This article is from the Anime FAQ, by Steve Pearl with numerous contributions by others.
Here are the most common honorifics and terms of address.
-sama Very respectful ending. Not normally used with someone's names. Used to people of superior status, like your boss, or to your guests as a host. Envelopes should be addressed with "-sama". A shopkeeper might call a customer "o-kyaku-sama" (Respected Mr. Customer).
sensei A respectful term meaning "teacher", also used with physicians. Frequently used to refer to experts in a field or people in any respected occupation. Lawyers, master chefs, fashion designers, and even some manga artists are called "sensei". Sometimes used like an honorific with a name or title, as in "kouchou-sensei" (Mr. Principal, Sir).
-san Usual term of respect. It can stand for Mr. and Ms., and is attached to either first or last names, and names of occupations like "o-mawari-san" (Mr. Policeman). You use it for strangers and people you don't know well, but are more or less the same social status. When in doubt, use "-san".
However, never use "-san" with your own name or your family members' names. Also, it shouldn't be used to refer to famous people, since a small degree of intimacy is implied.
High school girls are usually called "-san".
sempai Somebody in the same general social class, but socially superior to you. "Sempai" can also be used as an honorific.
Older students may be addressed respectfully as sempai, especially by girls.
-kun Used by a socially superior male to a socially inferior male. Familiarly used among male students and boys who grew up together. Recently, some teachers call girl students and some bosses call office ladies with "-kun", but it's still considered a masculine suffix.
High school boys are called "-kun". Girls go from "-chan" to "-san" in high school, but boys go through a period of "-kun" in between.
- Calling someone by a family name alone is being very familiar (or rough). Calling someone by given name alone is less rough, but more familiar. Using no honorific when one is expected can be an expression of contempt.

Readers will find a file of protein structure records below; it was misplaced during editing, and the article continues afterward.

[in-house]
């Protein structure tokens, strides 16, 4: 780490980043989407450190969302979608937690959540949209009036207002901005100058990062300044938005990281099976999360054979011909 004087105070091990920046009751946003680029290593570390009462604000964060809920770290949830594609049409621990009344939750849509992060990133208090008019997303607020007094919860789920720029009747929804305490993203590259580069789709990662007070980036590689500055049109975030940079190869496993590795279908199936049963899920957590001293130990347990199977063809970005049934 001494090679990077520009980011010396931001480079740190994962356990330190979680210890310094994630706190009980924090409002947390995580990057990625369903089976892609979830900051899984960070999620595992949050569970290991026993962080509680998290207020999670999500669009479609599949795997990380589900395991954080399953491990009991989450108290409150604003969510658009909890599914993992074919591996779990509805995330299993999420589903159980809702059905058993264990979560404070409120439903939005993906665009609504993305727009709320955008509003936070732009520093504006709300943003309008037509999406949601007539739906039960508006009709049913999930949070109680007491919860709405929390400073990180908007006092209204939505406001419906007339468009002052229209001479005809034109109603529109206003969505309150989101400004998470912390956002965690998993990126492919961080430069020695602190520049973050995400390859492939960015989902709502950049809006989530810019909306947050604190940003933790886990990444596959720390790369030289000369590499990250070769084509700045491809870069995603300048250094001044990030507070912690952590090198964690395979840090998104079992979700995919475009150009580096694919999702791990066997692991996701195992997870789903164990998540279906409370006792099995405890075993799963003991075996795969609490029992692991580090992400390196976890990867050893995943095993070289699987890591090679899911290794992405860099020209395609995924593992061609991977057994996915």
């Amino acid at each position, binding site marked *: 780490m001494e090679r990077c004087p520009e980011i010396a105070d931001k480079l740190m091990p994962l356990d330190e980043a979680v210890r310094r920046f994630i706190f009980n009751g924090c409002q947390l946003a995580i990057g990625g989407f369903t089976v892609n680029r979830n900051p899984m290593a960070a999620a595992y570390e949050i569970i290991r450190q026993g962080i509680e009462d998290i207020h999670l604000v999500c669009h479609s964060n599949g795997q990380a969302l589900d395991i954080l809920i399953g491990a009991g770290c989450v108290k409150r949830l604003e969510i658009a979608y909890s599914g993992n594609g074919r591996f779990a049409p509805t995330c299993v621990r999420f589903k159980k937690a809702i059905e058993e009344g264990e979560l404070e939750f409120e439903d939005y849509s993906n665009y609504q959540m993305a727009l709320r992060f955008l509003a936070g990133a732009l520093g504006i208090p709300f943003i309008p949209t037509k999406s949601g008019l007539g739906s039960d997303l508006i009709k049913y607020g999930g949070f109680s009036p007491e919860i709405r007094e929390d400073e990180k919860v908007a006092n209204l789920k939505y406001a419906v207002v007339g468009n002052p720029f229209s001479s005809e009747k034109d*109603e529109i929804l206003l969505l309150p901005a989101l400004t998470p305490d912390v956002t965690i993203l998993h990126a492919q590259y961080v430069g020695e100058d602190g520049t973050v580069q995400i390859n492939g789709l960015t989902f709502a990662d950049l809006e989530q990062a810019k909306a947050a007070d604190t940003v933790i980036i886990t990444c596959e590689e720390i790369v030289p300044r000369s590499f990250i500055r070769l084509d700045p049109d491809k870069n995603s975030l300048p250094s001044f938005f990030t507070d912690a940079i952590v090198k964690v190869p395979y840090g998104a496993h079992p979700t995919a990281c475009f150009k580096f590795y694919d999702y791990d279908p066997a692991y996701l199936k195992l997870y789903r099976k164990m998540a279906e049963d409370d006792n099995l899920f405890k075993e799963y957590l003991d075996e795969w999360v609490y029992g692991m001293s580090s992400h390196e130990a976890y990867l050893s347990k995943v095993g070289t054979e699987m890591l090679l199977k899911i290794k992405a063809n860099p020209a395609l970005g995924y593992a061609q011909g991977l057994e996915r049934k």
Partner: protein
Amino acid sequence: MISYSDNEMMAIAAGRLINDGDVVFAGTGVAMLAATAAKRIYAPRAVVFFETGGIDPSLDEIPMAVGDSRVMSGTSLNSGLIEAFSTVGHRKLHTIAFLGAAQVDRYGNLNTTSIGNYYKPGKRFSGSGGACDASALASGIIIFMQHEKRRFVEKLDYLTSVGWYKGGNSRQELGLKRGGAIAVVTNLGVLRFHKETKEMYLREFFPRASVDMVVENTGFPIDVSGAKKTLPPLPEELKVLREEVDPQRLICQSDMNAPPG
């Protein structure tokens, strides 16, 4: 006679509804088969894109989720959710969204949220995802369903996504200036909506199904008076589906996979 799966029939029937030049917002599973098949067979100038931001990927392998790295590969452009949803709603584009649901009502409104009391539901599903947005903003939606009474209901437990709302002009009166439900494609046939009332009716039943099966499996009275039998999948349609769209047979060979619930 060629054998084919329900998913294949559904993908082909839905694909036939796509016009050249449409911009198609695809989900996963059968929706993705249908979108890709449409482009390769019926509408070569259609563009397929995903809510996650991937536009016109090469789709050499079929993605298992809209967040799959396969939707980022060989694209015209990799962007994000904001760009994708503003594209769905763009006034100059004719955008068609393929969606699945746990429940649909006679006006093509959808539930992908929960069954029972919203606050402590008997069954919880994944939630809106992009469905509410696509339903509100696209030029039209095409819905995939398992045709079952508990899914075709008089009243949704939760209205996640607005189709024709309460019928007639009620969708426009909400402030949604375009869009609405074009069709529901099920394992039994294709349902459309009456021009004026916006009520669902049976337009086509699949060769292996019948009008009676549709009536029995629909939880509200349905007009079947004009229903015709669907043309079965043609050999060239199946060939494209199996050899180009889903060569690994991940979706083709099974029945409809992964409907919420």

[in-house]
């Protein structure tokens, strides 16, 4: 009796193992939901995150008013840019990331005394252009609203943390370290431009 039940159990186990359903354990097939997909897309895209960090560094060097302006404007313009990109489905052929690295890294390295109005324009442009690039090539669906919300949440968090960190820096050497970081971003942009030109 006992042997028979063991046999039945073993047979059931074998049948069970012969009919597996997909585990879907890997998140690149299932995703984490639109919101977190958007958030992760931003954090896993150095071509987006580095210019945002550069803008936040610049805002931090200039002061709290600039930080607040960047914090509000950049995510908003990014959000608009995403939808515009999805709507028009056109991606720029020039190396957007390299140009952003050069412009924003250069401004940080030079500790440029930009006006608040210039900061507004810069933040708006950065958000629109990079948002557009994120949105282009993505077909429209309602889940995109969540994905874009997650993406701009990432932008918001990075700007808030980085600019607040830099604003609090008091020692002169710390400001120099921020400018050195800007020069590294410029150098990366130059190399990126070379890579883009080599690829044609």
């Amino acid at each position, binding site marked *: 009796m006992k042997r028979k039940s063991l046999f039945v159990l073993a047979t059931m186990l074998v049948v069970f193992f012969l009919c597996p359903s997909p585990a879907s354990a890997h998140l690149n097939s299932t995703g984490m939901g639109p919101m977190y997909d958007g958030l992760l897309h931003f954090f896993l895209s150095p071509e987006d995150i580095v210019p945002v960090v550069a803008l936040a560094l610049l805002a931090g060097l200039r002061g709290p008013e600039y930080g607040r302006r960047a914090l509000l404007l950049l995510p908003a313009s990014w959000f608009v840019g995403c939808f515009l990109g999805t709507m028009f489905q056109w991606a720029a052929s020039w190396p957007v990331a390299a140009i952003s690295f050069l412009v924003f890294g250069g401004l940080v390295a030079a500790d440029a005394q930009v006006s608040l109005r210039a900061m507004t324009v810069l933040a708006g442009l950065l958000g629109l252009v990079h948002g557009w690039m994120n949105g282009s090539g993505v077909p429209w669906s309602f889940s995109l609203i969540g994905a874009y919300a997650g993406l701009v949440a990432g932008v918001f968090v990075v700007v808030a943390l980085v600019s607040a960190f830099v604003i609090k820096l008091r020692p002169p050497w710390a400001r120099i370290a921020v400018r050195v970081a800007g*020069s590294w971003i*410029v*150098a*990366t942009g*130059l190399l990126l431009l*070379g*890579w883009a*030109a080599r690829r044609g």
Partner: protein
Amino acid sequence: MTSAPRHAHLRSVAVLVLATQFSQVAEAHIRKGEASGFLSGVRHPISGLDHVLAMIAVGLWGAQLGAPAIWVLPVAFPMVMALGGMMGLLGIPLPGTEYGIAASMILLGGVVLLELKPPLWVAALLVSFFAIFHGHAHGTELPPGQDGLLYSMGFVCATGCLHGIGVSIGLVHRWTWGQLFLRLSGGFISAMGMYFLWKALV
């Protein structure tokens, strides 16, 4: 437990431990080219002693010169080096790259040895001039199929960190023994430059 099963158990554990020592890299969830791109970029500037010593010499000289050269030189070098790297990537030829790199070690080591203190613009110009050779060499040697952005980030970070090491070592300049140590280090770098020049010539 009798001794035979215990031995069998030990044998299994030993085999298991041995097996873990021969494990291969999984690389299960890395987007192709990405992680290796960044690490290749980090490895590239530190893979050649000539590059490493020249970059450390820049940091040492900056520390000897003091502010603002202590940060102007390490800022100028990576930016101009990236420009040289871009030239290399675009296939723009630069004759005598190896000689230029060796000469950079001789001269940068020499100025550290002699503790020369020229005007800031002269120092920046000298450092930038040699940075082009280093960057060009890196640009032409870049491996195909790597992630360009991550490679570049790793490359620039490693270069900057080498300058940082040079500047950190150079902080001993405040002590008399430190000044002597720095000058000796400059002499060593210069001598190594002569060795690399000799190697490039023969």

-chan Intimate form of address. Families that are close use it, and "-chan" is often used to, and by, very young children. Used with given names, abbreviations of given names, and nicknames, but not family names. Children who grow up together (like Madoka and Hikaru), may keep using "-chan" into adulthood. Note: to call a social superior "-chan" without reason is very insulting.
Family terms are also common terms of address.
(Note: One may sometimes identify a person by taking the listener's point of view, as when a man refers to himself as "father" to his children.)
Referring to Addressing yours someone's yours (*) someone's grandfather sohu ojii-san ojii-san ojii-san grandmother sobo obaa-san obaa-san obaa-san uncle oji oji-san oji-san oji-san aunt oba oba-san oba-san oba-san elder brother ani onii-san (o)nii-san [Name]-san elder sister ane onee-san (o)nee-san [Name]-san
These six forms of address occur a lot. Children call strangers by the above family member terms, depending on whether what type of relative they consider them old enuf to be. (A good example of this is a scene recently described in this newsgroup where a child addresses a question to a young woman as "oba-san", and she responds, referring to herself as "oNEE-san".)
father chichi otou-san (o)tou-san/papa otou-san mother haha okaa-san (o)kaa-san/mama okaa-san younger brother otouto otouto-san [Name] [Name]-san younger sister imouto imouto-san [Name] [Name]-san daughter musume ojou-san [Name] [Name]-san son musuko musuko-san [Name] [Name]-san wife tsuma/kanai oku-san omae/[Name] oku-san husband shujin goshujin(-sama) anata goshujin(-sama) [Surname]-san
Some ways of saying "you":
otaku very polite sochira very polite anata polite, common(*) kimi informal masculine pronoun, common(*) omae very informal or rough(*) anta very informal or rough contraction temae very rough (Note: can also mean "I") onore very rough (Note: can also mean "I") kisama very rough
Some ways of saying "I":
watakushi very polite kochira very polite watashi polite, common(*) atakushi polite feminine contraction kotchi polite washi informal masculine contraction, used by old men atashi informal feminine contraction boku informal masculine pronoun, common, used by boys/young men(*) uchi informal feminine ore very informal or rough
I've marked with a * the ones that come up frequently. Learning them will make watching unsubtitled anime more pleasant, but there's no need to memorize them, all at once.
You may notice that the very rough words for "you" are often translated as curses. These are pronouns that insultingly imply the speaker's superiority. They come up often as fighting words.
- From a posting by Theresa Martin